Senior Member
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Here are some mitochondrial positions that are listed as in the 1 to 10 percentage frequency range but we're listed as novel and I tried to look them up.

ChrM:12501
ChrM:13708
ChrM:4216
ChrM:10550
ChrM:11923
ChrM:15257
ChrM:4048
ChrM:14798
ChrM:12007
ChrM:15452
ChrM:5460
ChrM:14766
For some reason, medical likes to ignore the mitochondrial variants. Surprisingly, there isn't a well curated frequency databases. A lot of variants are just part of your haplogroup/subclade. And some variants are risks for disease that exist within that haplogroup or sublclade.

I plan on adding frequencies for mtDNA variants, because it's confusing how variants with frequencies of 10% are marked as pathogenic.
 

nandixon

Senior Member
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@Brandit, Just to add, there are a little over 16,500 positions in the human mitochondrial genome. Of those, each person only has on average about a couple dozen positions where there are nucleotide variations from the reference genome. I have 40, for example, which is a little more than average just because of my particular maternal haplogroup (J1c2).

Of the 40 variants, 10 are for my maternal haplogroup, 10 are a hodgepodge from other maternal haplogroups, and the remaining 20 are relatively common variants at positions that are easily mutable.

I think that unless a person has a family history of relatives with vision or hearing problems or cardiomyopathy or intellectual disability, etc. (i.e., common mitochondrial disease issues) it's unlikely that person will have a significant mutation in the mitochondrial genome, as they're usually much more damaging on average than in the nuclear genome. So this may be at least part of why there's a certain lack of interest in providing frequency data for mitochondrial variants.

[On another thread there was initially some confusion (including by myself) that there might be some important variants showing up in people's WGS results but that was just because we didn't realize that companies like Dante and Veritas were using the outdated Yoruba mitochondrial genome as the reference standard instead of the newer Cambridge one, and that many positions were needing to be converted from Yoruba to Cambridge. (Yoruba is built into the hg19 reference genome that both Dante and Veritas use; 23andMe switched to Cambridge several years ago.)]
 
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thanks wigglethemouse, that particular mutation that we share is it something that's actionable through supplementation or do we simply have to accept the limitation? I can't tell what the biochemical shortfall is from that position.

Thanks nandixon, to get such a clear picture of your mutations did you do a full exome or genome? Im also a j1c2 and was curious how you located a standard mutation profile for that halo group.

I think some of the more basic clinical analysis of people projecting mitochondrial diseases such as Leber optic was simply grouping a bunch of common mutations so it was nearly impossible to tell if they were involved or a cause.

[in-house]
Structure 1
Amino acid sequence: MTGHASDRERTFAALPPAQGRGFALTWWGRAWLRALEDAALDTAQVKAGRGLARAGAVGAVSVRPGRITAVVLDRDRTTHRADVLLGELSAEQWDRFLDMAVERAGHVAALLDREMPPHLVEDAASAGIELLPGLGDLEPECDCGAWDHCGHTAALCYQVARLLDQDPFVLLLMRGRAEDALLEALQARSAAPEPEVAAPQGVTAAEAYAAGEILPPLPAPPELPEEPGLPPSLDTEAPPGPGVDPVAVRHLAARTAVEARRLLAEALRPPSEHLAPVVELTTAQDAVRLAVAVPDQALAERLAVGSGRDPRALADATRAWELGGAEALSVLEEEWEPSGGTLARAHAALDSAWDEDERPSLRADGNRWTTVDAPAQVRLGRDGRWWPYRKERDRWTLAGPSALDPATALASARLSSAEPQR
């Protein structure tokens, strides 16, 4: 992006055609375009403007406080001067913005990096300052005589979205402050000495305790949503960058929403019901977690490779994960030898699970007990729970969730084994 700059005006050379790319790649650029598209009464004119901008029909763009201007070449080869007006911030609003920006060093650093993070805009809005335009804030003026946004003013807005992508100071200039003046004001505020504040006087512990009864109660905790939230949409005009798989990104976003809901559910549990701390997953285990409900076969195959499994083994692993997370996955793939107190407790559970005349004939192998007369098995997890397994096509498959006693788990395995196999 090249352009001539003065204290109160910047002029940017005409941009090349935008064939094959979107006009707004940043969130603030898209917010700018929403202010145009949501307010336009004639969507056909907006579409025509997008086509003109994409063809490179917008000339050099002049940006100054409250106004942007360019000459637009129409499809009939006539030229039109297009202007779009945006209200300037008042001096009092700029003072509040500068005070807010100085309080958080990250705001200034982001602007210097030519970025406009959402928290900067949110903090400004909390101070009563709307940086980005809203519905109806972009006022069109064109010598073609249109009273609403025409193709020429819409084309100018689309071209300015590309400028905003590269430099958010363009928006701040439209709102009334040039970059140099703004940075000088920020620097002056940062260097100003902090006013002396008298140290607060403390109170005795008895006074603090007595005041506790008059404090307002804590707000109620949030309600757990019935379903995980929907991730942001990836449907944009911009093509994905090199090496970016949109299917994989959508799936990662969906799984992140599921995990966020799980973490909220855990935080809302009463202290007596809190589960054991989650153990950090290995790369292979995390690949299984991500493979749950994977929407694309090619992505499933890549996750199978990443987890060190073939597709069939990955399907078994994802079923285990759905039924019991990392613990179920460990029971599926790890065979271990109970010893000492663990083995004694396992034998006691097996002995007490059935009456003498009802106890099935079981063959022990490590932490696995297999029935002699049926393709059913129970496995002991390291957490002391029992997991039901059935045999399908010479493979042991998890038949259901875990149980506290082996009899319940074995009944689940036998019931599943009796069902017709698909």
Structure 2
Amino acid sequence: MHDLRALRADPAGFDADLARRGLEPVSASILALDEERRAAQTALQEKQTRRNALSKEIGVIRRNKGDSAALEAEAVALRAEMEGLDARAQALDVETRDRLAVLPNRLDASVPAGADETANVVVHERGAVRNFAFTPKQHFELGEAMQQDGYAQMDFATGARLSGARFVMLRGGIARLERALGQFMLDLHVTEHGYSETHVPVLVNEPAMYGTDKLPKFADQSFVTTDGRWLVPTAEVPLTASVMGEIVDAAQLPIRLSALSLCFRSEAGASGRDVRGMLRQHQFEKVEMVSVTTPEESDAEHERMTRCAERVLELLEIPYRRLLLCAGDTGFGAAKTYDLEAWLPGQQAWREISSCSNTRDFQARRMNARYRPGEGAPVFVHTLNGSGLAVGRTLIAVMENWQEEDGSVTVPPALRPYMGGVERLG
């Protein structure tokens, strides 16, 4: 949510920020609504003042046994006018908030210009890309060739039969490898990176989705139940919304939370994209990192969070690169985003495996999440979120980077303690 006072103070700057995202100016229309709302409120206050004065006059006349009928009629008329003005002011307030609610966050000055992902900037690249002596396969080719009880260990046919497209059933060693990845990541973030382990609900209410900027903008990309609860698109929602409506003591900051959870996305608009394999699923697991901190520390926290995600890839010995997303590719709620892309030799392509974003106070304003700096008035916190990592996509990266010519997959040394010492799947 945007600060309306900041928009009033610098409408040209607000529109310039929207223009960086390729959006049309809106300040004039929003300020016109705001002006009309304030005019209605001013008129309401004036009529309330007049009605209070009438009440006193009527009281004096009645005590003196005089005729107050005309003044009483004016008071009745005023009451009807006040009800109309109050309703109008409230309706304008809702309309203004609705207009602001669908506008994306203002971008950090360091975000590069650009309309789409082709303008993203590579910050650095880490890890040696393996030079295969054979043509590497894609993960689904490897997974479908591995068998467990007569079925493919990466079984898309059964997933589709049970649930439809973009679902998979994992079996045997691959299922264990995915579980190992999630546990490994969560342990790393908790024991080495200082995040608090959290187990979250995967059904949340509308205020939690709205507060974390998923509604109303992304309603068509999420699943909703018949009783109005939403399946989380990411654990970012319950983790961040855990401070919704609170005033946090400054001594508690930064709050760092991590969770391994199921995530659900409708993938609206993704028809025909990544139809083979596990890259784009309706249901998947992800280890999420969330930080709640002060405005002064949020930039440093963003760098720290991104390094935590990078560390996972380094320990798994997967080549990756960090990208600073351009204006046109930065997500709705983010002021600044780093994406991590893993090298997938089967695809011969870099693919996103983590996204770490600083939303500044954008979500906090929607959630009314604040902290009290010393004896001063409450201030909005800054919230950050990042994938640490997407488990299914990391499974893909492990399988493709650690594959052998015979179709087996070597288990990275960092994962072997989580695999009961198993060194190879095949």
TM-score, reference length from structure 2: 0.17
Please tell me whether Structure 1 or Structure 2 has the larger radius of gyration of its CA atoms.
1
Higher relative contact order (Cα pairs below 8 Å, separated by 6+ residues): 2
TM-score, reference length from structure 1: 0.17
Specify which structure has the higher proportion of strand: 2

Some of the more in-depth clinical analysis show a number of spontaneous mutations that was not shared by some of the other family members.

I wonder if you genome yourself 25 years later you end up with more mutations than you initially started with
 

nandixon

Senior Member
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Thanks nandixon, to get such a clear picture of your mutations did you do a full exome or genome? Im also a j1c2 and was curious how you located a standard mutation profile for that halo group.
I did whole genome sequencing (WGS) with Veritas (which I don't recommend) and was provided with a VCF file which I opened up with a large capacity document reader. I then manually converted each of the 40 mitochondrial variants that were present from their Yoruba referenced positions to Cambridge and looked up each one individually. (See, e.g., https://www.snpedia.com/index.php/MtDNA_Position_Conversions)

If my notes are correct, J1 is determined by having a C → T change at mitochondrial position 462 (which is 464 in Yoruba). J1c is determined by having a G → A change at position 228. And J1c2 is finally determined by having an A → G change at position 188. (Positions 188 and 228 each happen to be the same for both Yoruba and Cambridge, so no conversion for those positions is necessary.)
 
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I wonder how these mitochondrial mutations are impacted when they're combined with a nuclear gene mutation that also involves mitochondria such as Rs119103264 mfn2 gene -- 23andme I number i5008699
 

nandixon

Senior Member
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I wonder how these mitochondrial mutations are impacted when they're combined with a nuclear gene mutation that also involves mitochondria such as Rs119103264 mfn2 gene -- 23andme I number i5008699
If the variant for that SNP is showing up for you with @kday's program, can you post a screenshot of what you're seeing? There appear to be some inconsistencies in different databases which is making me think that one might possibly be a miscall by 23andMe. Not sure yet though.